(click thumbnail)George WoodardRecent commentary in Radio World discussed the pros and cons of various mediums for international broadcasting (Reader’s Forum, March 26).
It used to be, until about 1994, that shortwave was both the preferred and generally accepted medium to reach mass audiences across international borders. The end of the Cold War and the collapse of Soviet-style communism circa 1990 caused a natural (and correct) rethinking of what the medium, or mediums, of the future for IB should be.
U.S. government broadcasters such as Radio Free Europe/Radio Liberty and the Voice of America, who, of the U.S. broadcasters, were involved in the winning of the Cold War (from an IB perspective), looked immediately for fresh and effective ways to reach new, changing and expanding audiences.
RFE/RL and VOA began a highly successful campaign to launch local AM and FM former Soviet and Eastern Europe “affiliate” stations to carry their respective programs. In the early days of this endeavor most RFE/RL/VOA/and BIB/BBG members and staff realized that, due to the history of conflict between western and Soviet societies, the so-called “affiliates” could always “pull the plug” on the arrangement.
As time went on, however, the ensuing euphoria over having local AM and FM outlets in countries where RFE/RL and VOA were once banned seemed to some BBG members and staff to dim the possibility of ever having the “plug pulled.”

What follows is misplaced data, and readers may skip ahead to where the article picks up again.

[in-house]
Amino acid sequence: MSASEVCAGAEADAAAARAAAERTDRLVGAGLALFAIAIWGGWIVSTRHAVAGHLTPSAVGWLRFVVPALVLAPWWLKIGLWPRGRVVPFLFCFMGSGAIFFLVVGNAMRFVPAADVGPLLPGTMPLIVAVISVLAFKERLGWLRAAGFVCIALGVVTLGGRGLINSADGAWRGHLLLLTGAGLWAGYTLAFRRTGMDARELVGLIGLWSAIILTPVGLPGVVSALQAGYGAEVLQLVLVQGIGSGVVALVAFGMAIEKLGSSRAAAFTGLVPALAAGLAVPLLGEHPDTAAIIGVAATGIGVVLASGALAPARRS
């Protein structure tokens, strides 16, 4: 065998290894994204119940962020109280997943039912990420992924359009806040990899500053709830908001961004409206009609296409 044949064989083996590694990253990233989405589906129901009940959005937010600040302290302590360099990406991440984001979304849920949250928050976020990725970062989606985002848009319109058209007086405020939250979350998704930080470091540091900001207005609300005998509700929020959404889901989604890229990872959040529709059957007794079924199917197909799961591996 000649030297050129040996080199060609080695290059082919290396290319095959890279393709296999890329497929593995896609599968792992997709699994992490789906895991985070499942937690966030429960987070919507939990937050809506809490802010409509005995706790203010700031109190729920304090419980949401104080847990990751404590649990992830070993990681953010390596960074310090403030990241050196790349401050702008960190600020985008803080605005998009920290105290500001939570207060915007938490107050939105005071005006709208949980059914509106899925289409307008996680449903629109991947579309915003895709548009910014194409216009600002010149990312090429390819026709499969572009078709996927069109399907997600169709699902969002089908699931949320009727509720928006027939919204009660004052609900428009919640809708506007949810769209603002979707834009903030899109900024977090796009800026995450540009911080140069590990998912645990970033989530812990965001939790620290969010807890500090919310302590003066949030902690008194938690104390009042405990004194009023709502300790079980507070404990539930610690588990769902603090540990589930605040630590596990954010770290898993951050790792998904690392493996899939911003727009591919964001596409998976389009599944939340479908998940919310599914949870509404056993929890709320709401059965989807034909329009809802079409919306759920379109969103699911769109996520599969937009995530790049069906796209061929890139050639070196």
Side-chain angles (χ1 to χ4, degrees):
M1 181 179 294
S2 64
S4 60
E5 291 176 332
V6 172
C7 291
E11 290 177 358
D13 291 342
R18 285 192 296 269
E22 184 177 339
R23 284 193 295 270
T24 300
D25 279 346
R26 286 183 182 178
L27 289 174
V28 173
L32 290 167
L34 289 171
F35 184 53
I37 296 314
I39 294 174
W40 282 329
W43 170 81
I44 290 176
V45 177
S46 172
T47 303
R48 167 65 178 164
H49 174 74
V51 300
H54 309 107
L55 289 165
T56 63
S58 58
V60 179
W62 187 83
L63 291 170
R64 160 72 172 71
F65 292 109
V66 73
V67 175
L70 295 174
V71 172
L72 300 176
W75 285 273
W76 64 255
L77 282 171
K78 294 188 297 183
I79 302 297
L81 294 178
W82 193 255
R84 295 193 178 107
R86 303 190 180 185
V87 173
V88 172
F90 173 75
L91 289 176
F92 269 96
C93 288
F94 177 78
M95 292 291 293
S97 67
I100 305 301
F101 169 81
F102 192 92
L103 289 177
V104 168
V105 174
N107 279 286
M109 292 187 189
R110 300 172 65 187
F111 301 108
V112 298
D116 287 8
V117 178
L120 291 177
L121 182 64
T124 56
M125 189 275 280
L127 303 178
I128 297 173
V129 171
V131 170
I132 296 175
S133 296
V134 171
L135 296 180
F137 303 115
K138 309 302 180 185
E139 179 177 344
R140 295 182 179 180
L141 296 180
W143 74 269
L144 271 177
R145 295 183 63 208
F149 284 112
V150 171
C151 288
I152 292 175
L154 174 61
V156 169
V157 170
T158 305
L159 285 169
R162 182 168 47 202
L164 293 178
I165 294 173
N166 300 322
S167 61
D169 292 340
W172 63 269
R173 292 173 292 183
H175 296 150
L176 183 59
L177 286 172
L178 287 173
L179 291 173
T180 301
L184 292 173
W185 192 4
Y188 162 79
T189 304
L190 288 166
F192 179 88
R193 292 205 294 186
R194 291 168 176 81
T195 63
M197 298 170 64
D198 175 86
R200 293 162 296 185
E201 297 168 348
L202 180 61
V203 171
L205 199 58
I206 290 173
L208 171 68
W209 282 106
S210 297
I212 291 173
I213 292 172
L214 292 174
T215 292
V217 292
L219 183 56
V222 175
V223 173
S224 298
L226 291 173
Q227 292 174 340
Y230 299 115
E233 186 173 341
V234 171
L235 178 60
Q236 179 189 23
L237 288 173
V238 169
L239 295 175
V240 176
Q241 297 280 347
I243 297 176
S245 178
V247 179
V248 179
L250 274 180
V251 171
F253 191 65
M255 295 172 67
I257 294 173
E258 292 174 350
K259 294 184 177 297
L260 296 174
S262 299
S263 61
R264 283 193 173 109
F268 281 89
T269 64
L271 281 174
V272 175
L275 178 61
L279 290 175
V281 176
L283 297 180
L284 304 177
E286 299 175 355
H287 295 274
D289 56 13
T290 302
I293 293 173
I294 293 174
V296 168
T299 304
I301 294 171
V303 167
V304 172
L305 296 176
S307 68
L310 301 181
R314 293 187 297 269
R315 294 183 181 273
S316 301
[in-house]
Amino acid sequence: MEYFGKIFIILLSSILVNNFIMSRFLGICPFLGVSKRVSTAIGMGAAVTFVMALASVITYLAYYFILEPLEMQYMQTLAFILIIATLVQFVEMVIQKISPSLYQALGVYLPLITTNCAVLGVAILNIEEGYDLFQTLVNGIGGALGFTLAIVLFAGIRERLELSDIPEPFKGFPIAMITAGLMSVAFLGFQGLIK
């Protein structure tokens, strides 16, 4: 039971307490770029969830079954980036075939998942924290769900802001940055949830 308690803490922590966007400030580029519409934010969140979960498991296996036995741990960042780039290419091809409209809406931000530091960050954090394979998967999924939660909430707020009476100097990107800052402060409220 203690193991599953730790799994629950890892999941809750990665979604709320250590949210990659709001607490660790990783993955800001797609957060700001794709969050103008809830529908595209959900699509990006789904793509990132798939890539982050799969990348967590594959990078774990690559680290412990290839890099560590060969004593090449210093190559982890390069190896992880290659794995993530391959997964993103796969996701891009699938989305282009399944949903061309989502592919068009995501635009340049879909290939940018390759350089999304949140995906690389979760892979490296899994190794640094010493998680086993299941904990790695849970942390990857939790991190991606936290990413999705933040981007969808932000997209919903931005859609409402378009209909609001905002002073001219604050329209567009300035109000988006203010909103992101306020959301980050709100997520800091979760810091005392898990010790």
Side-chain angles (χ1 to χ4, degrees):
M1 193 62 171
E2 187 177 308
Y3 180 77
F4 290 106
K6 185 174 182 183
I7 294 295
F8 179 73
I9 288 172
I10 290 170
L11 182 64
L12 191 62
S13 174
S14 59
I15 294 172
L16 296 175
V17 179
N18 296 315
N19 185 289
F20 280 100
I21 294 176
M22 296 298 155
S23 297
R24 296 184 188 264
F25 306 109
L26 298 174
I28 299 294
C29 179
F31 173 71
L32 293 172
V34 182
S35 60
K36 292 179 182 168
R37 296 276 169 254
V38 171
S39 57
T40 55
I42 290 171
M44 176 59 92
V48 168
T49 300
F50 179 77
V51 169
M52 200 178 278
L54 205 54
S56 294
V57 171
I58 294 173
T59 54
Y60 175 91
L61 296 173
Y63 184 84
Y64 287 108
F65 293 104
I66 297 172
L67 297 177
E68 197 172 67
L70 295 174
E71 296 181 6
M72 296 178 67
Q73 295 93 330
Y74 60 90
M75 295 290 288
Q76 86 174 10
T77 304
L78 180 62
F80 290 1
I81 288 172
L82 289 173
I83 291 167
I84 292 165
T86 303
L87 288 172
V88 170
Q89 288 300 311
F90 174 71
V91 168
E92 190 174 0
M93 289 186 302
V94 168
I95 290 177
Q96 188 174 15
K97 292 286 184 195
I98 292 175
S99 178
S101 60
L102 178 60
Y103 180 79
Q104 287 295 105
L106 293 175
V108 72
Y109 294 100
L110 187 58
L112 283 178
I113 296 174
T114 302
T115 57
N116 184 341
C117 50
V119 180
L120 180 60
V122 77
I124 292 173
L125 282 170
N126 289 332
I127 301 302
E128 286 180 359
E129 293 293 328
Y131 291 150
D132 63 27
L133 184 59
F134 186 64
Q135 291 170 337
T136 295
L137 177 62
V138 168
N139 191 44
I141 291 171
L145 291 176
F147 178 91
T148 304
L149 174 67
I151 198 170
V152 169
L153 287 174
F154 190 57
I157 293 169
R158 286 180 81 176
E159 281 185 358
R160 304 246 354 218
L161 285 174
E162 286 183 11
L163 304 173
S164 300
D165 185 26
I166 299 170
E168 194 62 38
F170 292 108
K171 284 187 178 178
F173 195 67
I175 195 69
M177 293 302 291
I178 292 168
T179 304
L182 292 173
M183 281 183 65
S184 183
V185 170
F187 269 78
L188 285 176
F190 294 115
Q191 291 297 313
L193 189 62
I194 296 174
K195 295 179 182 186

The “pull-the-plug” reality, however, may be beginning to sink in to some current BBG members as they see what is happening in places like Azerbaijan, Belarus, Ukraine, Russia, Georgia, Uzbekistan, Kazakhstan and many others, not to mention Afghanistan, Iraq and most countries in the Middle East — some of whom profess to be our friends yet are reluctant to allow us access to their radio stations, even for a fee.
In addition to local affiliate placement, there also is a new and renewed interest by many past and present BBG members in satellite radio (and television, as well) and Internet audio and video streaming.
These developments and pursuits are appropriate, though too often they are accompanied by an unthinking euphoria in the BBG that, instead of making the IB picture clearer, actually clouds the scene.
Further exacerbating the situation is the U.S. government’s Broadcasting Board of Governors.
The board is made up of well-intentioned, patriotic and highly successful individuals from the private sector. However its experience in international public matters, foreign policy and diverse cultures at the level of the common citizen was — in my experience and to put it kindly — somewhat limited.
My tenure with the BBG was from about 1994 to 2000, and my experience was that instead of listening to experts who have devoted all or most of their lives to IB matters, the BBG instead were consumed with its own brilliance, and self and group importance. I have no direct experience with the current BBG who, except for one member, are all new to me. But I see nothing to make me think this has changed since I retired.
It was not always that way. The predecessor to the BBG was the Board for International Broadcasting. The BIB I was familiar with was made up of such luminaries as James Buckley, Malcolm S. (Steve) Forbes, Michael Nowak, James Michener, Ben Wattenberg, Lane Kirkland and others who, despite their proven and recognized expertise, actually listened to the many and varied disciplines of IB experts before making up their minds on a topic.